Academic Researcher in the fields of Computational Social Sciences, Artificial Intelligence and Complex Systems, working at the Marc Bloch Centre in Berlin. PhD in Computer Science, specialization in Artificial Intelligence with a background of interdisciplinary research.
Previous industry experience includes working in Machine Learning at Amazon and developing software for NASA/JPL.
Below are some highlights of my research.
Hypergraphs are a generalization of graphs (mathematical objects that represent networks), that allow for the representation of complex information structures, namely human knowledge and natural language communication. By employing modern Natural Language Processing techniques and general knowledge ontologies and databases, it becomes possible to transform free-form text into formal structures that are convenient both for AI and Social Sciences research.
The GraphBrain open-source research tool is being developed with the aim of both aiding in the research project, and making the techniques available to the scientific community.
Models explaining network morphology and growth processes permit a wide range of phenomena to be more systematically analyzed and understood. At the same time, creating such models is often challenging and requires insights that may be counter-intuitive. We have developed an approach to automatically detect realistic decentralized network growth models from empirical data, employing a machine learning technique inspired by natural selection and defining a unified formalism to describe such models as computer programs. The proposed method can be applied “out of the box” to any given network. We were able to find programs that are simple enough to lead to an actual understanding of underlaying mechanisms, namely for a simple brain and a social network.
Human mobility is known to be distributed across several orders of magnitude of physical distances, which makes it difficult to find or define typical and meaningful scales. Relying on geotagged data collected from photo-sharing social media, we apply community detection to movement networks constrained by increasing percentiles of the distance distribution. We discover clear phase transitions in the community partition space. This is the first known method of identifying natural scales of human movement. The partitions of the natural scales allow us to draw discrete multi-scale geographical boundaries, potentially capable of providing key insights in fields such as epidemiology or cultural contagion.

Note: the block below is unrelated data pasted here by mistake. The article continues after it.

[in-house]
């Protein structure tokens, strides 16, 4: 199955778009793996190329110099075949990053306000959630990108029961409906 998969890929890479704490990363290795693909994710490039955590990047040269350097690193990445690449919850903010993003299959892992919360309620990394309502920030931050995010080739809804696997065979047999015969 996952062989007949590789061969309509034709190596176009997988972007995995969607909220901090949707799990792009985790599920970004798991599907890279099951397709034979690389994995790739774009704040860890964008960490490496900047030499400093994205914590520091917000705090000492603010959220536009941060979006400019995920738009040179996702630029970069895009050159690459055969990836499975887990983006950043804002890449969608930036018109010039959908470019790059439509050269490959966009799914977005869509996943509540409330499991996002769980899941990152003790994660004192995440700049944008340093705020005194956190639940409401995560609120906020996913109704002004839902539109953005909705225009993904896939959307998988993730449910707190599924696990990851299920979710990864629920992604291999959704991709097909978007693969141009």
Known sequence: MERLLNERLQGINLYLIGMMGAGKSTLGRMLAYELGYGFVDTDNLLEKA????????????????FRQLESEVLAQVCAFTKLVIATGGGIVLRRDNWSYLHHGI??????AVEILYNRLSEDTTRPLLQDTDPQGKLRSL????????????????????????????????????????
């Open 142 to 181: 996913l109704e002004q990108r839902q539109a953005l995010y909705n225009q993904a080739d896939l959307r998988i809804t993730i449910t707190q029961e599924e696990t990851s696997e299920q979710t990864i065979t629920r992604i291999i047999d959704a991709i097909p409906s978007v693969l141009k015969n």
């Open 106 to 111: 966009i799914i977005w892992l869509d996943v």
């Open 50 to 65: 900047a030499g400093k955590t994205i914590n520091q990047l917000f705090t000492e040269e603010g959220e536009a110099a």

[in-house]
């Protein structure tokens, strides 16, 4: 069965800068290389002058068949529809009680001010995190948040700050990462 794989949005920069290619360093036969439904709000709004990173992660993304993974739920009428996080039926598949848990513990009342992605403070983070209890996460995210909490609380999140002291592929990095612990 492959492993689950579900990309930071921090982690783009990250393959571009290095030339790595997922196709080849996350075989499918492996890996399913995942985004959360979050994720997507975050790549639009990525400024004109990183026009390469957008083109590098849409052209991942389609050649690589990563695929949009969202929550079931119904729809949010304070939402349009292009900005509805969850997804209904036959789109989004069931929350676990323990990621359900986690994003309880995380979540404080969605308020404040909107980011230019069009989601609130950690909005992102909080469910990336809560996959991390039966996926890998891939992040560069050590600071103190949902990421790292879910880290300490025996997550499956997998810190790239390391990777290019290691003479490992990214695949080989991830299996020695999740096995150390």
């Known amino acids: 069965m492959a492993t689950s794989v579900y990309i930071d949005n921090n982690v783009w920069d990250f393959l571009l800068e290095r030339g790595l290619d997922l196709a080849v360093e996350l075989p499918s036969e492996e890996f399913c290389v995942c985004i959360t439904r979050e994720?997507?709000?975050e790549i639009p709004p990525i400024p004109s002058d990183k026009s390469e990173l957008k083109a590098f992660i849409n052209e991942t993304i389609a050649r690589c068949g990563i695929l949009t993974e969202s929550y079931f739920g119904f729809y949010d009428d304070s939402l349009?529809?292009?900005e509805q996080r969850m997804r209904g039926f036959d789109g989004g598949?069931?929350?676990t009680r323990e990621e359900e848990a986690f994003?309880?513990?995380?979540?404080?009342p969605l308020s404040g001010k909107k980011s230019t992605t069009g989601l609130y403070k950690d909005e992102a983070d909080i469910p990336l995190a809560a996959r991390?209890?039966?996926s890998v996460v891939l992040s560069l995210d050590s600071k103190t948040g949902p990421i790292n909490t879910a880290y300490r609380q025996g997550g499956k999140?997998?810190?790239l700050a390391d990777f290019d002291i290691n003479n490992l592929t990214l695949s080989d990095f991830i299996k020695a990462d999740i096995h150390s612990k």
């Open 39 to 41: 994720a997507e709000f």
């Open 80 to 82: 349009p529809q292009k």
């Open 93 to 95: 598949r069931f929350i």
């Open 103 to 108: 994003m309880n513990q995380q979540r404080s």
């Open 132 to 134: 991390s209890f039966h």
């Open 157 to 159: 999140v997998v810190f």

Advances in fields such as Complexity Science and Artificial Life enable a modern direction in Computational Intelligence research. Instead of building isolated artificial intelligence systems from the top-down, this approach attempts to design systems where a population of agents and the environment interact and adaptation processes take place.
We created a novel artificial brain model, called gridbrain, as well as an evolutionary environment embedded in a simulation. The gridbrain model defines agent brains as heterogeneous networks of computational building blocks. A multi-layer approach allows gridbrains to process variable-sized information from several sensory channels. Computational building blocks allow for the use of base functionalities close to the underlying architecture of the digital computer. Evolutionary operators were devised to permit the adpative complexification of gridbrains.
In experimental scenarios that require cooperation, we demonstrate the emergence of synchronization behaviors that would be difficult to achieve under conventional approaches. Kin selection and group selection strategies compared. In a scenario where two species are in competition, we demonstrated the emergence of specialization niches without the need for geographical isolation.
There is overwhelming evidence that human intelligence is a product of Darwinian evolution. Investigating the consequences of self-modification, and more precisely, the consequences of utility function self-modification, leads to the stronger claim that not only human, but any form of intelligence is ultimately only possible within evolutionary processes. Human-designed artificial intelligences can only remain stable until they discover how to manipulate their own utility function. By definition, a human designer cannot prevent a superhuman intelligence from modifying itself, even if protection mechanisms against this action are put in place. Without evolutionary pressure, sufficiently advanced artificial intelligences become inert by simplifying their own utility function. Within evolutionary processes, the implicit utility function is always reducible to persistence, and the control of superhuman intelligences embedded in evolutionary processes is not possible. Mechanisms against utility function self-modification are ultimately futile. Instead, scientific effort toward the mitigation of existential risks from the development of superintelligences should be in two directions: understanding consciousness, and the complex dynamics of evolutionary systems.